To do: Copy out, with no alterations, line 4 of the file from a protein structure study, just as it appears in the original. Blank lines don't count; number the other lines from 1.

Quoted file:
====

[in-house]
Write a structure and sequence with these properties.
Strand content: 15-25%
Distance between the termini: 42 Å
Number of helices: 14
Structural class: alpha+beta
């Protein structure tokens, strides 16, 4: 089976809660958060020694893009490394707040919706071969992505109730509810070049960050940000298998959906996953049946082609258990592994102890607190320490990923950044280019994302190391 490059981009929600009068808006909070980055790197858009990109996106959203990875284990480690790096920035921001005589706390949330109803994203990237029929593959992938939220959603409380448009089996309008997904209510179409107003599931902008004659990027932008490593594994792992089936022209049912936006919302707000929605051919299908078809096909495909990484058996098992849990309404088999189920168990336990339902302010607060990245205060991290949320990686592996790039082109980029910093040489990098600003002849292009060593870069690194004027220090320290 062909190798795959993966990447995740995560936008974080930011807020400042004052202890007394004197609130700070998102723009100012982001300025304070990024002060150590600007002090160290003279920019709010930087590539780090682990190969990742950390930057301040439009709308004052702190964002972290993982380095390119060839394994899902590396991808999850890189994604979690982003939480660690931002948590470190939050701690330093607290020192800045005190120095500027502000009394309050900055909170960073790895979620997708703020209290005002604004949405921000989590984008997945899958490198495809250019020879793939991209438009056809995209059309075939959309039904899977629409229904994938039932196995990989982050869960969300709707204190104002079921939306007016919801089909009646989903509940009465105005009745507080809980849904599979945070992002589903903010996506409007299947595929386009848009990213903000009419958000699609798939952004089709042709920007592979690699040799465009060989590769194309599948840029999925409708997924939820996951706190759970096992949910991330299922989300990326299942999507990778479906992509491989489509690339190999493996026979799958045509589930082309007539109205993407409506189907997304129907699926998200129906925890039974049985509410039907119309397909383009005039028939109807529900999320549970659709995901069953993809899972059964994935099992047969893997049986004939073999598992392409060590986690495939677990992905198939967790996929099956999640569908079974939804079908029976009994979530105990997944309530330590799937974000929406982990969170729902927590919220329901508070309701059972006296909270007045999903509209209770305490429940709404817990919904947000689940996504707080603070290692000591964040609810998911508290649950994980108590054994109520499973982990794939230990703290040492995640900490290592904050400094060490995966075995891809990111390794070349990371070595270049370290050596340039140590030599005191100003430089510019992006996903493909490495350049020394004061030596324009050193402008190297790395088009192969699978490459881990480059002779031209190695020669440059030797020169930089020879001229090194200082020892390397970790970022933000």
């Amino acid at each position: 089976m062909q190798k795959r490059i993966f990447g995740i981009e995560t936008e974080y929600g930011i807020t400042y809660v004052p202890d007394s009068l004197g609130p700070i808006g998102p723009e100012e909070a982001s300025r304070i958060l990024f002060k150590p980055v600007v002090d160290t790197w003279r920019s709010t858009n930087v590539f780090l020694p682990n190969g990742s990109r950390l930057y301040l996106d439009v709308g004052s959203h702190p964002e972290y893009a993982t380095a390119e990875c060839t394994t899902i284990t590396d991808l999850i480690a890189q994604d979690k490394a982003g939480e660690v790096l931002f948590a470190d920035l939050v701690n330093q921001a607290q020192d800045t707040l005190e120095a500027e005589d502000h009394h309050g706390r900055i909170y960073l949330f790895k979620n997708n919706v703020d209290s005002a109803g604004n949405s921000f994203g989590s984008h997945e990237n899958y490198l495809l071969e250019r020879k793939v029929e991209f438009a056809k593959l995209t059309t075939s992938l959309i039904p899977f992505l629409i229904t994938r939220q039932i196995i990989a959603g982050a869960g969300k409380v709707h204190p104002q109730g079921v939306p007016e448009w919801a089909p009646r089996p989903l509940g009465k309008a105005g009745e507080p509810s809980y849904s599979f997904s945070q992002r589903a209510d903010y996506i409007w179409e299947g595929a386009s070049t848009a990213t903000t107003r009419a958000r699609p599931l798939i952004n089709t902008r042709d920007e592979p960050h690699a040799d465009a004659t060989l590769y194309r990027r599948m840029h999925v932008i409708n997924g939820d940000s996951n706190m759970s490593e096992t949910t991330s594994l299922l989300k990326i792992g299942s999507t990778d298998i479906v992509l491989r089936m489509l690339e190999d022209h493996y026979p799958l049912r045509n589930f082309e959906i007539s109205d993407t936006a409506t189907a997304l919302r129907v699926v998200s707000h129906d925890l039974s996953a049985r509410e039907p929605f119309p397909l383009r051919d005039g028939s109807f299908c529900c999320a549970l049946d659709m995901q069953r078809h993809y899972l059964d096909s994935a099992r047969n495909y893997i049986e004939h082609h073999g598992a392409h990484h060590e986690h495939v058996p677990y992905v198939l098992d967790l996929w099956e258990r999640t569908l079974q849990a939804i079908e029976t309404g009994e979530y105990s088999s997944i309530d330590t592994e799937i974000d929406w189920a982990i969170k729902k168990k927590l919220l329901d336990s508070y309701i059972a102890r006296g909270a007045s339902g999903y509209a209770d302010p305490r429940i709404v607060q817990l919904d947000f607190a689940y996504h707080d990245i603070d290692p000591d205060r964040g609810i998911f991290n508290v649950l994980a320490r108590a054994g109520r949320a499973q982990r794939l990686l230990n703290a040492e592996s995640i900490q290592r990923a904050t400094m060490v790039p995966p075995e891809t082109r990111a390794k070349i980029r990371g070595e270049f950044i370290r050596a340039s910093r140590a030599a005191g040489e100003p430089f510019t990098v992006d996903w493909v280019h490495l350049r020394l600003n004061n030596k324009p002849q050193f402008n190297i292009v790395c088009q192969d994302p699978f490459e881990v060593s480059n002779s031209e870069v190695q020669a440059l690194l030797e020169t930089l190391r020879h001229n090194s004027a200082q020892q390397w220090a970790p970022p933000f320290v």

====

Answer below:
Distance between the termini: 42 Å